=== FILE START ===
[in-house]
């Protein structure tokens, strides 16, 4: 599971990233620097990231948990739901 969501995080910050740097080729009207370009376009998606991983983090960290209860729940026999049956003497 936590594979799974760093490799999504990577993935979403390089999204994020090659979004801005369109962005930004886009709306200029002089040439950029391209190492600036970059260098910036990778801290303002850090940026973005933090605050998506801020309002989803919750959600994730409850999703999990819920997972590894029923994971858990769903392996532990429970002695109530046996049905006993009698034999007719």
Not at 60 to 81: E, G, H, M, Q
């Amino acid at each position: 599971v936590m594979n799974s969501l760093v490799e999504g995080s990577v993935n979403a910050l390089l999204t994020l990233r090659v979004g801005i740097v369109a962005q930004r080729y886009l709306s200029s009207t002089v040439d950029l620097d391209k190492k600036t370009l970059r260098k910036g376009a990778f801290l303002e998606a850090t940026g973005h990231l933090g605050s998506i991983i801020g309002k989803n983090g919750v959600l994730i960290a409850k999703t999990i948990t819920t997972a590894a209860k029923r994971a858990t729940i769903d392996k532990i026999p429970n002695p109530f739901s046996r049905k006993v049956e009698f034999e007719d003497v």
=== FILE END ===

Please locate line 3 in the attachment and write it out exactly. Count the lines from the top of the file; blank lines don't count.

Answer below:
Not at 60 to 81: E, G, H, M, Q